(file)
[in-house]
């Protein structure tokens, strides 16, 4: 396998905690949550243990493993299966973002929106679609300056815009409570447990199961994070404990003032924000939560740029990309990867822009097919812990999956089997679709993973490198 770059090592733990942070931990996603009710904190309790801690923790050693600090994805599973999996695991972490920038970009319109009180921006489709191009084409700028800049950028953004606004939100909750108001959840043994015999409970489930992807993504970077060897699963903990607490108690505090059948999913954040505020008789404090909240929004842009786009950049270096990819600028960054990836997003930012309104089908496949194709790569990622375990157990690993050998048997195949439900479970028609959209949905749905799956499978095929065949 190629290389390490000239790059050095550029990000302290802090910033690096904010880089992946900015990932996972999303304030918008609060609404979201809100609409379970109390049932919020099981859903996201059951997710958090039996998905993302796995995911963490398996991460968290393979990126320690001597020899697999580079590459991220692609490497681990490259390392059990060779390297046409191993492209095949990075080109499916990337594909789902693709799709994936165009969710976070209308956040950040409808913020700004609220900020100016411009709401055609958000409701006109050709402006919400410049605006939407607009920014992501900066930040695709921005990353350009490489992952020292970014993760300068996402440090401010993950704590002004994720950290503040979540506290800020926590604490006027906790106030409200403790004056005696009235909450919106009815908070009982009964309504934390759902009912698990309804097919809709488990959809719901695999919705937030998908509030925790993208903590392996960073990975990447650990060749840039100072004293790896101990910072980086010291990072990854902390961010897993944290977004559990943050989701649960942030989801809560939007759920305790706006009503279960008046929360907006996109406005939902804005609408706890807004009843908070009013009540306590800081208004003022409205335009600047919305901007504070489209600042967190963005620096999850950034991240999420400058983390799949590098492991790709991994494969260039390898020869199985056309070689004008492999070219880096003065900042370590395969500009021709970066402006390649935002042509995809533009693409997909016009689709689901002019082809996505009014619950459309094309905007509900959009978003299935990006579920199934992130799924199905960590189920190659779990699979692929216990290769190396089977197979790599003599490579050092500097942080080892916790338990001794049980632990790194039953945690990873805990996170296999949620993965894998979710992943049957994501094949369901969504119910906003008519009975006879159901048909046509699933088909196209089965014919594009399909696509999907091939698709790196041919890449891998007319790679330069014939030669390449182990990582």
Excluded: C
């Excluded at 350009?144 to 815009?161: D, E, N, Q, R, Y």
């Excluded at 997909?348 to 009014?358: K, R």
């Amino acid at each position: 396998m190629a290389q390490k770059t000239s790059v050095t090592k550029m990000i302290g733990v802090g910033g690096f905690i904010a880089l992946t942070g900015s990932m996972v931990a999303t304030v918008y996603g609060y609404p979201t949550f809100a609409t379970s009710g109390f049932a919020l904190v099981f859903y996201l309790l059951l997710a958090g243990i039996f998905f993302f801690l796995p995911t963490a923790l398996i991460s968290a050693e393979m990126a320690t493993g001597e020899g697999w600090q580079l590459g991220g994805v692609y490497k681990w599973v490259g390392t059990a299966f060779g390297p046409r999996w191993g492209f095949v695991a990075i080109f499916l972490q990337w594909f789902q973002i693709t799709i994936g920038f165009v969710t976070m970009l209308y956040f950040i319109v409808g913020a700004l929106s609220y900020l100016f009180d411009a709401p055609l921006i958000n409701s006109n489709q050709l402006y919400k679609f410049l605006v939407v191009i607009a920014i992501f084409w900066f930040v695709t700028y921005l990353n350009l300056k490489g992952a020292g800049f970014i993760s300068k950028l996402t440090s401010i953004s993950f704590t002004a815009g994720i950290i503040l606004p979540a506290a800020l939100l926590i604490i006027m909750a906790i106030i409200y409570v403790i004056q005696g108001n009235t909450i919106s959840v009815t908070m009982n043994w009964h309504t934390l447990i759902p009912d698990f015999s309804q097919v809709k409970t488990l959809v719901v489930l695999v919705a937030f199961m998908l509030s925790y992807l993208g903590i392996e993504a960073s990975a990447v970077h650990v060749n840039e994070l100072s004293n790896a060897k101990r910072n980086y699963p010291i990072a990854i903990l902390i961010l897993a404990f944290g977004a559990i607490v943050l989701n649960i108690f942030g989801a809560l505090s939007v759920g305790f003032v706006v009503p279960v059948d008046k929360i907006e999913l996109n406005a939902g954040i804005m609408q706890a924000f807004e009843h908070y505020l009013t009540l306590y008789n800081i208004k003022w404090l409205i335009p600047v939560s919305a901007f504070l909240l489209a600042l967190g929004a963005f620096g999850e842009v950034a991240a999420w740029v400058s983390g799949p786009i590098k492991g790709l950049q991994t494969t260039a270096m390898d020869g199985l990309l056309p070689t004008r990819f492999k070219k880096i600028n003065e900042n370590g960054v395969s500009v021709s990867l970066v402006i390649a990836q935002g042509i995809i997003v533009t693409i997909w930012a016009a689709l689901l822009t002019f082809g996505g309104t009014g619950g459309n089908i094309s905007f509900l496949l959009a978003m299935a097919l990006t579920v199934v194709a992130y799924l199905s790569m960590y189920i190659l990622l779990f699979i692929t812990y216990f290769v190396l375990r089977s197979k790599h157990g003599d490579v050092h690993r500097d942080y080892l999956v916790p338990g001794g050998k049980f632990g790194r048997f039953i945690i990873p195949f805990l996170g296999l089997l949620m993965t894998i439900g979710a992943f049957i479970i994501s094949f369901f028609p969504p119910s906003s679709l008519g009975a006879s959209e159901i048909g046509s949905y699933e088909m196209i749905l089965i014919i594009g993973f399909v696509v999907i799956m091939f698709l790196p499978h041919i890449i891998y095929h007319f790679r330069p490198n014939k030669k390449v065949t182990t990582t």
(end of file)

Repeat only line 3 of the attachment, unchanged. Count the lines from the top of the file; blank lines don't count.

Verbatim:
Excluded: C